I have been rather remiss, I fear, in keeping my book list updated here on my blog. I've been reading far more than I had hoped, but certainly not as much as I would like. I am happy to have passed the 50 book barrier with more than a month to spare! Let's see if I can get close to 60 books this year. I'm confident I'll finish at least 2-3 more this month, and hopefully another 3-4 in December. October
54. Appetite by Philip Kazan This is a book that shares much of the soul of the book I'm currently writing, which I would not realize until I cracked it open (note that strangely, it's not available on Kindle). Nino Latini is a cook who serves Lorenzo Medici, Cardinal Gonzaga and eventually Pope Alexander VI. But aside from all that, he's in love. Desperately in love with a woman he cannot have. I loved the sensuality of this novel, the way that Kazan dives deep into the flavors and tastes not just of food but the world itself. Overall I adore this book although there are a few areas where I wondered why on earth Nino would be so blind to the potential outcomes of some of his choices. Still, I could overlook that, to read more of the delicious prose, savor the particular place in history and in the hopes that Nino would finally have the woman to whom his palate was ultimately dedicated.
53. The Venetian Bargain by Marina Fiorato This post-Venice-trip read came up as a title when I was doing more research on Venice. I don't like to read too much historical fiction in the time frame that I'm writing, but I thought I'd give this one a shot as I wanted to get a sense on how the writer uses place (i.e. the physicalness of Venice) in the novel. This book juxtaposes Turkish and Venetian history, showing the political and social challenges that existed in 1576 (the book I'm writing has my characters in Venice in the 1520s or so). Fiorato nails the historical details but some of the plot points felt a little contrived and often the main character, Feyra, would do things that just didn't make sense but were helpful to move the plot along. Overall a decent read.
52. The Complete Cosmicomics by Italo Calvino I am smitten with Calvino. His prose is some of the most beautiful that I have ever read. I can't wait until I become fluent enough in Italian to read his stories in their native tongue. There is no way for me to describe this book. It is so full of the unimaginable and magnificent creatures and people and gods. I think this book has wedged itself into my top 10 ever read list.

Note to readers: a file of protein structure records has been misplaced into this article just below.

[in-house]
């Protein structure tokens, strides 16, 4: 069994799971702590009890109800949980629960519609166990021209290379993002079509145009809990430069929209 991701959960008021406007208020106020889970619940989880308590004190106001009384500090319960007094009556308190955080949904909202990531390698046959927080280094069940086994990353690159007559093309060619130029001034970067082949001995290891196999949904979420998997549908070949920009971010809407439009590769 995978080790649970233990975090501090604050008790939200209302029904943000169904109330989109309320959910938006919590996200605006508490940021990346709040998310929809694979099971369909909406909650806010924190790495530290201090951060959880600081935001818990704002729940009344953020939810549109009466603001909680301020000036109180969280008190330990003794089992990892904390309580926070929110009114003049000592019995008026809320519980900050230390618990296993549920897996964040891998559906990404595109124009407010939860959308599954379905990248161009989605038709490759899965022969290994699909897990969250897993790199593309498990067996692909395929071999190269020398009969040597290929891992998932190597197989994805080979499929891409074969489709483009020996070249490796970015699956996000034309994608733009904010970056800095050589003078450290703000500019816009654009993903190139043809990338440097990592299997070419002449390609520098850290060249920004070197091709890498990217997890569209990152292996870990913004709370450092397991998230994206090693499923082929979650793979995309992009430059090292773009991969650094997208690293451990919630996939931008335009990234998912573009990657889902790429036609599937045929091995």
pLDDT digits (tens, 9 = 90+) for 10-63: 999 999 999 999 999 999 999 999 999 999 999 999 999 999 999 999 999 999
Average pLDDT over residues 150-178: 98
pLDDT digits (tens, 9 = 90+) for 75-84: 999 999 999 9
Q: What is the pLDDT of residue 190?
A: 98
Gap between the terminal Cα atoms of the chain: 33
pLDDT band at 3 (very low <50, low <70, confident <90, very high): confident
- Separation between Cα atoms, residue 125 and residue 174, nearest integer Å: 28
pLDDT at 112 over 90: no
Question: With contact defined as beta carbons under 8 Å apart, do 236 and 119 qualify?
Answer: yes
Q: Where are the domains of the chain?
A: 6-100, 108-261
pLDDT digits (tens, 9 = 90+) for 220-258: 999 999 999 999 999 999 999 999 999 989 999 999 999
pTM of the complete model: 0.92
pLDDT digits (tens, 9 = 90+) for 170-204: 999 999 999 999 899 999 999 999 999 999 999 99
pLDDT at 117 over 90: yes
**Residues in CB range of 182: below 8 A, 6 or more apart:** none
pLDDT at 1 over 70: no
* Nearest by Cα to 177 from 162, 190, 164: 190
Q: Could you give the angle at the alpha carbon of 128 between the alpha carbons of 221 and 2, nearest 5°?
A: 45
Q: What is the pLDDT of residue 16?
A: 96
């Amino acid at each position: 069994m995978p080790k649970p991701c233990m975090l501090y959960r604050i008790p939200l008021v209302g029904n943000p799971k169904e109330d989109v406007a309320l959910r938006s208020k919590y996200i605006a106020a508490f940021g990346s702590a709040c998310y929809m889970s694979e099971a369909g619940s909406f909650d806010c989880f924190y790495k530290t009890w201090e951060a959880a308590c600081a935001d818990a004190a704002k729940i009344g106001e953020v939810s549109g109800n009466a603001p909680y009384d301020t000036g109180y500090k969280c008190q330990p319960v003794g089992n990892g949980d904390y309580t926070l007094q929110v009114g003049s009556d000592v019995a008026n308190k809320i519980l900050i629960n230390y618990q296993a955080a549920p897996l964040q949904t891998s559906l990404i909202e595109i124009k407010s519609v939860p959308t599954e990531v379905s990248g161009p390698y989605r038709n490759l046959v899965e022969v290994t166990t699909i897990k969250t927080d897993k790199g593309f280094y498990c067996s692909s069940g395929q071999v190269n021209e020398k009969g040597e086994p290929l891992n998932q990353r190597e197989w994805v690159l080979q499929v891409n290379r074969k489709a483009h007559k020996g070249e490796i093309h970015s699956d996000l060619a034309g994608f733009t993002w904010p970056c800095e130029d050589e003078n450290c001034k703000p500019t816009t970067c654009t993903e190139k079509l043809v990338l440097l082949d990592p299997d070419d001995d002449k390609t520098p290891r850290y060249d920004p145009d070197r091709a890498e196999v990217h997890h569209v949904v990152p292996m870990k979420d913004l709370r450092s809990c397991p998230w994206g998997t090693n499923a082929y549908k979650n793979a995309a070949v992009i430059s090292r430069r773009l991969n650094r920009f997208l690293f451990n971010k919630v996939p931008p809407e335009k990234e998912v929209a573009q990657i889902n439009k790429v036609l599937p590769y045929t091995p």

51. Italian Folktales by Italo Calvino As a child I adored fairytales and folktales and did whatever I could to get my hands on them. I loved Grimm, Anderson, East O'the Sun and West O'the Moon. So when I saw that Calvino had compiled these beautiful Italian stories, I knew I had to pick it up. The book does not disappoint. It's a huge book of adventure, magic and wonder.
50. Venice, a New History by Thomas F. Madden As part of my research for THE SECRET CHEF, I've read a lot of history books this year on Renaissance Rome and Venice that are not on this list. This one, however, I thought was worth a mention. It's a wonderfully accessible non-fiction volume that puts the history of Venice into an easily digestible and thoroughly fascinating read. For me it was the perfect gateway book to a city that enchanted me from the very moment I saw it from the cabin of our water taxi.
49. Ink and Bone by Rachel Caine Ink and Bone straddles the YA/Adult line, much in the same way as the Harry Potter books do. There are a few similarities to the HP line of books, particularly as it is set around a small group of students put into impossible situations. Caine imagines a world where the Library of Alexandria didn't fall and the world of books is quite different than the world of books we know today. I enjoyed this book and will definitely pick up the next volume when it comes out.
48. The Library at Mount Charr by Scott Hawkins WOW. What an incredible book! I could not put this down and read it in less than a day. It isn't a book for the faint of heart, and it is full of violence and somewhat disturbing scenes, so don't go there if you can't handle it. If you can, you'll be rewarded with one of the most unusual urban fantasy stories you'll ever read. There is mystery, there is strange magic and mythos. There are characters you will love and hate. The whole tale is extraordinarily fantastic, all set around an intriguing Library, headed up by an often cruel "Father." I found myself very upset when the book was over.
47. The Visitant, A Venetian Ghost Story by Megan Chance I picked this book to get me into the mood for my trip to Venice, but interestingly enough, it had very little Venice in the book. The book is set in a weary, run-down palazzo which the characters rarely leave. Still, I found myself very taken by the story, which is a romance, a ghost story and a tragedy all wrapped into one.
46. Fool's Quest: Book II of the Fitz and the Fool Trilogy by Robin Hobb 45. Fool's Assassin: Book I of the Fitz and the Fool Trilogy by Robin Hobb I love anything by Robin Hobb and so when I saw that she had a new trilogy in the works I was delighted. This series follows in the footsteps of the Farseer and Tawny Man trilogies, so if you want a wonderful epic fantasy read, start with those first (a listing of her books is here in the event it is helpful). I was drawn right back into the story of Fitz and his dear Fool. I was shocked to find myself so wrecked by an episode that happened in book 1, a scene that had me bawling like a baby in the middle of the night because I was staying up far too late to read.
44. Ciao, Carpaccio!: An Infatuation by Jan Morris Carpaccio is one of the most celebrated Venetian painters and if you go to Venice you will have ample opportunity to see his colorful genius. Morris showcases his work with colorful commentary, a true ode to an artist whose work is not typically as well known as one of the other Venetian masters, Titian. It's a smallish book, full of beautiful color photos.
43. Cooking with Fernet Branca by James Hamilton-Paterson
This book is the polar opposite of food memoir books, turning the genre (there are many not-so-veiled references to Frances Mayes'
) on its head in complete mockery with over-the-top rusticness, ridiculous food recipes and semi-clueless but cute characters. The book is hilarious, with a bent of British humor that I adore. This is another book for a gourmand reader.
by John Lanchester